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I'm trying to write a part of a Python script what changes the root MySQL password under Linux for a small web-admin interface. I've followed the official MySQL documentation on changing the root password, and came up with this shell script, what works nicely:

shopt -s xpg_echo
# stopping running MySQL server
invoke-rc.d mysql stop

# creating init file in a mysqld readable location
cat > /var/lib/mysql/mysql-init <<END
UPDATE mysql.user SET Password=PASSWORD('x123') WHERE User='root';

# running mysqld_safe with init-file in the background
mysqld_safe --init-file=/var/lib/mysql/mysql-init &

sleep 5

# stopping mysql
invoke-rc.d mysql stop

# deleting the init file
rm /var/lib/mysql/mysql-init

# starting mysql
invoke-rc.d mysql start

There is one part, where I have to start mysqld_safe and let it run for a few seconds and the stop it nicely with invoke-rc.d. In the shell script I could solve it with & and sleep 5.

My problem is that I don't know how could I do this in the Python script without using shell=True. I could do all the other parts with Popen and shlex.split(cmd), but & doesn't seem to go through either shlex.split(cmd) or through shell=False.

Is it just a simple problem with & in the command line or I really need shell=True for this? If not, do I need to use threads?

share|improve this question
The & is interpreted by the shell, so you must use a shell with that syntax. You could duplicate that functionality in Python, however, by using the system calls fork, exec*, and setsid. – Keith Sep 9 '12 at 18:47
OK, I get the shell part. But wouldn't it be possible to put Popen in a thread? – zsero Sep 9 '12 at 19:06
Yes you can use a thread also. It depends on what exactly you mean by "background". To spawn a fully detached subprocess you need to use those system calls (among others), but for a short-lived process a thread should be fine. – Keith Sep 9 '12 at 20:18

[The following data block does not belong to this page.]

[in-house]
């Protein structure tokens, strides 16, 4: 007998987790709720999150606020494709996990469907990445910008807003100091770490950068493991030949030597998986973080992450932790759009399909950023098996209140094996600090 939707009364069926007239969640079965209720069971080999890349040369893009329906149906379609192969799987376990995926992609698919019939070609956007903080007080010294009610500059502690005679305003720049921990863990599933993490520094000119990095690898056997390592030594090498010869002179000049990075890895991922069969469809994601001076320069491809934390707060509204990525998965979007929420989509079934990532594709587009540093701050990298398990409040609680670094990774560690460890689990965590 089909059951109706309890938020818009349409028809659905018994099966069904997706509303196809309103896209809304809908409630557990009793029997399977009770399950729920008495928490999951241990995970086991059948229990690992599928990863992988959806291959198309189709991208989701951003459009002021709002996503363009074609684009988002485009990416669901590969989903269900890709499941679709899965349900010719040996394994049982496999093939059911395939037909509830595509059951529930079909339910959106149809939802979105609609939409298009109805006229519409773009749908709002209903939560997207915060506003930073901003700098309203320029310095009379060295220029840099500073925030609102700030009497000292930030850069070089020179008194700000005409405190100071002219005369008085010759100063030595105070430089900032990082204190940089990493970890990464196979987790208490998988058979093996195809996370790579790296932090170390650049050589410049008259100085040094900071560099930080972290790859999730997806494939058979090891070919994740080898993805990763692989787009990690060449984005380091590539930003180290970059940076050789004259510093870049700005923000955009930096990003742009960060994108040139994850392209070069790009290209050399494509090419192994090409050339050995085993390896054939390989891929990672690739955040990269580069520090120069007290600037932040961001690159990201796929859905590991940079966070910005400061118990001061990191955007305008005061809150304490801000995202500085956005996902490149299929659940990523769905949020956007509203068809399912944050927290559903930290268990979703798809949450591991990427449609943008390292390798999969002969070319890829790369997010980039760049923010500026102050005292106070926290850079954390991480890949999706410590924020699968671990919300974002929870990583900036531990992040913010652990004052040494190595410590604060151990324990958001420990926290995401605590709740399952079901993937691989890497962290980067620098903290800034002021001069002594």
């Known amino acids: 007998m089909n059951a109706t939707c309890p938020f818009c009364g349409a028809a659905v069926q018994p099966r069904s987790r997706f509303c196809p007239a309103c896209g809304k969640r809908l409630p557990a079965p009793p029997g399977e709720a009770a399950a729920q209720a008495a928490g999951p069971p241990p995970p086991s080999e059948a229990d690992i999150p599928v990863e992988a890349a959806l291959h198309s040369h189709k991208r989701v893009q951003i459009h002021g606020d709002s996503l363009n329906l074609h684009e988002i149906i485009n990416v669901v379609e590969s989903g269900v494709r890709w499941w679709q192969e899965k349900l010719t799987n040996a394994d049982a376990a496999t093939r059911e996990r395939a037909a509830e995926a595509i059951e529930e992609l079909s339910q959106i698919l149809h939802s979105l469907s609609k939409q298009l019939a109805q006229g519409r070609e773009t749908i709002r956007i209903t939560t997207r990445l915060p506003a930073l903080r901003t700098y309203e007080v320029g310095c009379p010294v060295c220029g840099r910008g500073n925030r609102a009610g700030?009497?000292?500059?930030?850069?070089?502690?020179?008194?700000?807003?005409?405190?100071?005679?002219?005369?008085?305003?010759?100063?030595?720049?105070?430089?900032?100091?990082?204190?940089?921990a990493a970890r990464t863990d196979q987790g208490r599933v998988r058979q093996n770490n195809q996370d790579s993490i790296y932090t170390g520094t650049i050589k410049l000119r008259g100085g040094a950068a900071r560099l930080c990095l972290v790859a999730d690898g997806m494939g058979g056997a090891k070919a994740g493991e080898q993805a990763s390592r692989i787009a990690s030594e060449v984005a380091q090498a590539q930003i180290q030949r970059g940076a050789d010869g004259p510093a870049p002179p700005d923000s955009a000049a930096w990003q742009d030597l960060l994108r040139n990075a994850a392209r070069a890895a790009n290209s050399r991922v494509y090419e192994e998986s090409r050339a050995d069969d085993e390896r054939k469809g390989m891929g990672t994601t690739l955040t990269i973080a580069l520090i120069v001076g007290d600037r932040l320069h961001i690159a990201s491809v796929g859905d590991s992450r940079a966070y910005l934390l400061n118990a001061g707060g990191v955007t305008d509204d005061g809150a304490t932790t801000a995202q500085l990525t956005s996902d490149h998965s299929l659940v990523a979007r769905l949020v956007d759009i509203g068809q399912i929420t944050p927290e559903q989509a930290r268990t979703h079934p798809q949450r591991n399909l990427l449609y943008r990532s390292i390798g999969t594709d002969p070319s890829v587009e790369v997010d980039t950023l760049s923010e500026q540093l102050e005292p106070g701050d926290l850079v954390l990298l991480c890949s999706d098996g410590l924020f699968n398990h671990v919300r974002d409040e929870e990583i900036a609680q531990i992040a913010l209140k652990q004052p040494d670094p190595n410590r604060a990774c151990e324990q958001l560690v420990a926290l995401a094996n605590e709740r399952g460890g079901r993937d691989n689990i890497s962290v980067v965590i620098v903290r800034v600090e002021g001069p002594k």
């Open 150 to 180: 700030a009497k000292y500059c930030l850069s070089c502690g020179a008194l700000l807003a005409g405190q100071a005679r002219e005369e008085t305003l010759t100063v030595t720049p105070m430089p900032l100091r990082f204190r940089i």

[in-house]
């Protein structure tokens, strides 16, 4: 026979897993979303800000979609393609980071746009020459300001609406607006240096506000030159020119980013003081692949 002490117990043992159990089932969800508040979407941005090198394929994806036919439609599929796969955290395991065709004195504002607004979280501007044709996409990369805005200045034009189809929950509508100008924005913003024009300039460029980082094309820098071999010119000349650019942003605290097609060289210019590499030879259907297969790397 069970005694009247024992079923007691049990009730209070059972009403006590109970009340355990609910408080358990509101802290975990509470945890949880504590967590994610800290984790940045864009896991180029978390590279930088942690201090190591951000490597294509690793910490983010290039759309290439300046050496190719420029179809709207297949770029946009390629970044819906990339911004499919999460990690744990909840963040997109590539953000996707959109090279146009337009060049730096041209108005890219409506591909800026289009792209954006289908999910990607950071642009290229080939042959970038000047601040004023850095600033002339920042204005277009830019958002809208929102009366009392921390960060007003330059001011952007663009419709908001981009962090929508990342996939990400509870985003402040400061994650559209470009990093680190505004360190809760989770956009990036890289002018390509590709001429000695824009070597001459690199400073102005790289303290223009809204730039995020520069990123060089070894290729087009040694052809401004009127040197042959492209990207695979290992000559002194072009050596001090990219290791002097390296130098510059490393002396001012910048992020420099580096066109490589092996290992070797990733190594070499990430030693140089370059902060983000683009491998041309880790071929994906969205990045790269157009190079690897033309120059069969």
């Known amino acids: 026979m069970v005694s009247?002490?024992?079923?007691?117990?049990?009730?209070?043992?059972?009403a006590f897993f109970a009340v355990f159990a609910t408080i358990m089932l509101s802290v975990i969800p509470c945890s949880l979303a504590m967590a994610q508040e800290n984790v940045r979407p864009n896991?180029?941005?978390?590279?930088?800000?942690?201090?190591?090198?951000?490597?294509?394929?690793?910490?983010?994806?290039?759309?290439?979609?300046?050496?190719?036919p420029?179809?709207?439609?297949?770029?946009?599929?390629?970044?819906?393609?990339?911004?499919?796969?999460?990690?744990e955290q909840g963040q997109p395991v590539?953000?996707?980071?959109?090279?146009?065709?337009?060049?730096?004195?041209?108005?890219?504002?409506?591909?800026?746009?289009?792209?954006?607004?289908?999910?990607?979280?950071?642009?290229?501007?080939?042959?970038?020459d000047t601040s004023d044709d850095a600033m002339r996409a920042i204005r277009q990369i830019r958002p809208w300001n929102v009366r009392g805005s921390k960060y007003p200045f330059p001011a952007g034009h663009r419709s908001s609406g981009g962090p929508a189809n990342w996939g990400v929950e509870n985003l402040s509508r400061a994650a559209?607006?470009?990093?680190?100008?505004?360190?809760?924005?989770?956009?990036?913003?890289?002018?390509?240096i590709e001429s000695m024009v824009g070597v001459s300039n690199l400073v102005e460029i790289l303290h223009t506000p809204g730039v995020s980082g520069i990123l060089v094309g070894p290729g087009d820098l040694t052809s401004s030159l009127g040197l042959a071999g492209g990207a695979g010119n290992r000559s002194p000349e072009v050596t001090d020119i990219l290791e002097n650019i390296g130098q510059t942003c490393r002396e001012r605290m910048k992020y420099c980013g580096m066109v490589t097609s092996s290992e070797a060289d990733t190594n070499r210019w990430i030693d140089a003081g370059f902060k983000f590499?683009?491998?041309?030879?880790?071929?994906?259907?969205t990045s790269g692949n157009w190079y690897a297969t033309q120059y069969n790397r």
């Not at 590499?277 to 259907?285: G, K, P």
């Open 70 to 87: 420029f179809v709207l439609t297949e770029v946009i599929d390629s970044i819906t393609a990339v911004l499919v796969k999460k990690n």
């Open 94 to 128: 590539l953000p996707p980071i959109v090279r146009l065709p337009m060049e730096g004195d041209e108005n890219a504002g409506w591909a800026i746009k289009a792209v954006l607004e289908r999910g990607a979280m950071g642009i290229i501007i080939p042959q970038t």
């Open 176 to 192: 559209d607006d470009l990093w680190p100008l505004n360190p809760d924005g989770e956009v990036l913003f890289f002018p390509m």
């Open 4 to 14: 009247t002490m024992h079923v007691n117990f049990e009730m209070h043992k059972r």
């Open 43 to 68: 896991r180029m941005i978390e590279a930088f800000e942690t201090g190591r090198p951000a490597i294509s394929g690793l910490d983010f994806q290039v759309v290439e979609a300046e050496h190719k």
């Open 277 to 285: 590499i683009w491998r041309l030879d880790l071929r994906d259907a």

All I wanted to do was wait about 5 seconds, while the process initializes and then call invoke-rc.d mysql stop to stop it. Background was just an idea for it, what worked well in the bash script. – zsero Sep 9 '12 at 21:06
BTW, looking more closely, how do you know the mysql_safe process finished? How do you know it exited successfully? Why can't you just wait for it, since your script blocks while sleeping, anyway? – Keith Sep 9 '12 at 21:30

2 Answers 2

up vote -1 down vote accepted

& is a shell thing, so, yes, if you want to use & to run a command in the background, you need the shell. However, you can also do this entirely in Python:

proc = subprocess.Popen(["mysqld_safe", "--init-file=/var/lib/mysql/mysql-init"])
share|improve this answer
point taken, updated – kindall Nov 17 at 20:35

I'm probably missing something, but wouldn't something like this work?

import time
import subprocess

p = subprocess.Popen(['mysqld_safe', '--init-file=/var/lib/mysql/mysql-init'])
time.sleep(5)['invoke-rc.d', 'mysql', 'stop'])
share|improve this answer
mysqld_safe keeps running in the foreground, so Python is stuck at this command. This is why I thought using threads, but shell is easier. – zsero Sep 9 '12 at 19:06
Interesting--I didn't think that could happen with Popen. With every command or script that I've tried, Popen() returns immediately, and the process that it started keeps running. – Warren Weckesser Sep 9 '12 at 19:21
@zsero: Popen returns immediately. If you mean that the python process continues running after it executed all its code; it might be another issue. – J.F. Sebastian Jun 9 '13 at 8:28

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